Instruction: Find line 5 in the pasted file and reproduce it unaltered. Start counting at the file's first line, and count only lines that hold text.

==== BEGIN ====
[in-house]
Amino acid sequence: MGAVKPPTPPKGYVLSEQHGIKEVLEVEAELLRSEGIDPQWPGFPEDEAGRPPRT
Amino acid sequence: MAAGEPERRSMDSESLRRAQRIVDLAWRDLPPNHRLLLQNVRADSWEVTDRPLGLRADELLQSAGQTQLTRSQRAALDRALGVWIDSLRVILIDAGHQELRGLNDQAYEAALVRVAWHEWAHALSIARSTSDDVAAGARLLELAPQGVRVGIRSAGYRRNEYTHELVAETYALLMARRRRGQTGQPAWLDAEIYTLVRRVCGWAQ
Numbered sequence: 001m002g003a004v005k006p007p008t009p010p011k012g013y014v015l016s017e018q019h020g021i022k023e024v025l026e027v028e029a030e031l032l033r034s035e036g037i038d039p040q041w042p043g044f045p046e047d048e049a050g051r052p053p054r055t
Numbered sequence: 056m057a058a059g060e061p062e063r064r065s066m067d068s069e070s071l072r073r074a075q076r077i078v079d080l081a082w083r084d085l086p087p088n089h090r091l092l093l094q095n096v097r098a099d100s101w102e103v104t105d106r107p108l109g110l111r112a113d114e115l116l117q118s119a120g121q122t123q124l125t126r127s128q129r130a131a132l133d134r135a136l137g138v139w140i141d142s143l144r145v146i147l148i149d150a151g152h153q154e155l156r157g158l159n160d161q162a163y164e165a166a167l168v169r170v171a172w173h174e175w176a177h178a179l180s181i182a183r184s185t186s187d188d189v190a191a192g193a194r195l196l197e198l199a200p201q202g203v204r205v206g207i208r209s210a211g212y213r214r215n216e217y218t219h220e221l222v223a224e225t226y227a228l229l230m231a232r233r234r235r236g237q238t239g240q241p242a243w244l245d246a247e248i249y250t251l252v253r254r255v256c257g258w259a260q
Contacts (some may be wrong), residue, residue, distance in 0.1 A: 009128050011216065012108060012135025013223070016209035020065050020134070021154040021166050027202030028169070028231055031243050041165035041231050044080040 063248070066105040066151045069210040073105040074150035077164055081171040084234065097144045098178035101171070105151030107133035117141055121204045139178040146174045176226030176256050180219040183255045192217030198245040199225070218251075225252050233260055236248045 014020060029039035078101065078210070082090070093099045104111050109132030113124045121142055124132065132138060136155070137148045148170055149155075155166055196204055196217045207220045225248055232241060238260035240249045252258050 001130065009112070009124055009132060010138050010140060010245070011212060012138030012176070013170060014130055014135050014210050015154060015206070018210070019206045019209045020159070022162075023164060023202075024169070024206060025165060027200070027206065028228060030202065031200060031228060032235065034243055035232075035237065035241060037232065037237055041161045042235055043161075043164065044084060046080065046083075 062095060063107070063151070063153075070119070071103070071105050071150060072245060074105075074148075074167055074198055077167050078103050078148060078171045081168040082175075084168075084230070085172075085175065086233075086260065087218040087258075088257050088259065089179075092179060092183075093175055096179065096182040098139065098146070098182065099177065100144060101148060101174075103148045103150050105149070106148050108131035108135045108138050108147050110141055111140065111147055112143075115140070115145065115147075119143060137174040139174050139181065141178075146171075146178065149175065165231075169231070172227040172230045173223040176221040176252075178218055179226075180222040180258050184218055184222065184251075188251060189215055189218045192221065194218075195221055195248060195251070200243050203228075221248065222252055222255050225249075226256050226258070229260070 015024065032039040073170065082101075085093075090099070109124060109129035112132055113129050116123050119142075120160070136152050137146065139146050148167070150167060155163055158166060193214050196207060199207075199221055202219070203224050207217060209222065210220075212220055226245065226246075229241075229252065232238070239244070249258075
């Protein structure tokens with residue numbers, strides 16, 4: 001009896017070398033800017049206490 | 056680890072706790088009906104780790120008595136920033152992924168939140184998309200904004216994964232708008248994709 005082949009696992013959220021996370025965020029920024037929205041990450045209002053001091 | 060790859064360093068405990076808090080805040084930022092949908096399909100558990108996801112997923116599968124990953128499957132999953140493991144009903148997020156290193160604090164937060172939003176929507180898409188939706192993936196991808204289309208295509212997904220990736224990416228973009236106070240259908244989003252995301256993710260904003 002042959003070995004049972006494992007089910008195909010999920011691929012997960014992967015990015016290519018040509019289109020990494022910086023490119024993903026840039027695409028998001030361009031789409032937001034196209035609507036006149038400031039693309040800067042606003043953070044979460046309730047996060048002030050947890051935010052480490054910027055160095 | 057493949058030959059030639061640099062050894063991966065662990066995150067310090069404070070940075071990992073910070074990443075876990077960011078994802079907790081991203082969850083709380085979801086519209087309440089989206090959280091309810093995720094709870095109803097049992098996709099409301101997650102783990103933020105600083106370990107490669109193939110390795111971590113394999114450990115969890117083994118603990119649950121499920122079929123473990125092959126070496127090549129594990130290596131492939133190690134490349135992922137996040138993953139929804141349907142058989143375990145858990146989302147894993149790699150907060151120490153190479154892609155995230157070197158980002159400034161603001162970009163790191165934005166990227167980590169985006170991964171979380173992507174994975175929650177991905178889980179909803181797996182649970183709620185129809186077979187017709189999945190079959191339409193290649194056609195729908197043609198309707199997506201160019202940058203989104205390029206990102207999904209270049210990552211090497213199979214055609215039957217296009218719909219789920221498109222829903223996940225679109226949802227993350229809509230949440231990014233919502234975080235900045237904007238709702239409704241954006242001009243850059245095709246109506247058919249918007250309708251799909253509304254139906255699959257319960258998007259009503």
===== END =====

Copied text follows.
Numbered sequence: 056m057a058a059g060e061p062e063r064r065s066m067d068s069e070s071l072r073r074a075q076r077i078v079d080l081a082w083r084d085l086p087p088n089h090r091l092l093l094q095n096v097r098a099d100s101w102e103v104t105d106r107p108l109g110l111r112a113d114e115l116l117q118s119a120g121q122t123q124l125t126r127s128q129r130a131a132l133d134r135a136l137g138v139w140i141d142s143l144r145v146i147l148i149d150a151g152h153q154e155l156r157g158l159n160d161q162a163y164e165a166a167l168v169r170v171a172w173h174e175w176a177h178a179l180s181i182a183r184s185t186s187d188d189v190a191a192g193a194r195l196l197e198l199a200p201q202g203v204r205v206g207i208r209s210a211g212y213r214r215n216e217y218t219h220e221l222v223a224e225t226y227a228l229l230m231a232r233r234r235r236g237q238t239g240q241p242a243w244l245d246a247e248i249y250t251l252v253r254r255v256c257g258w259a260q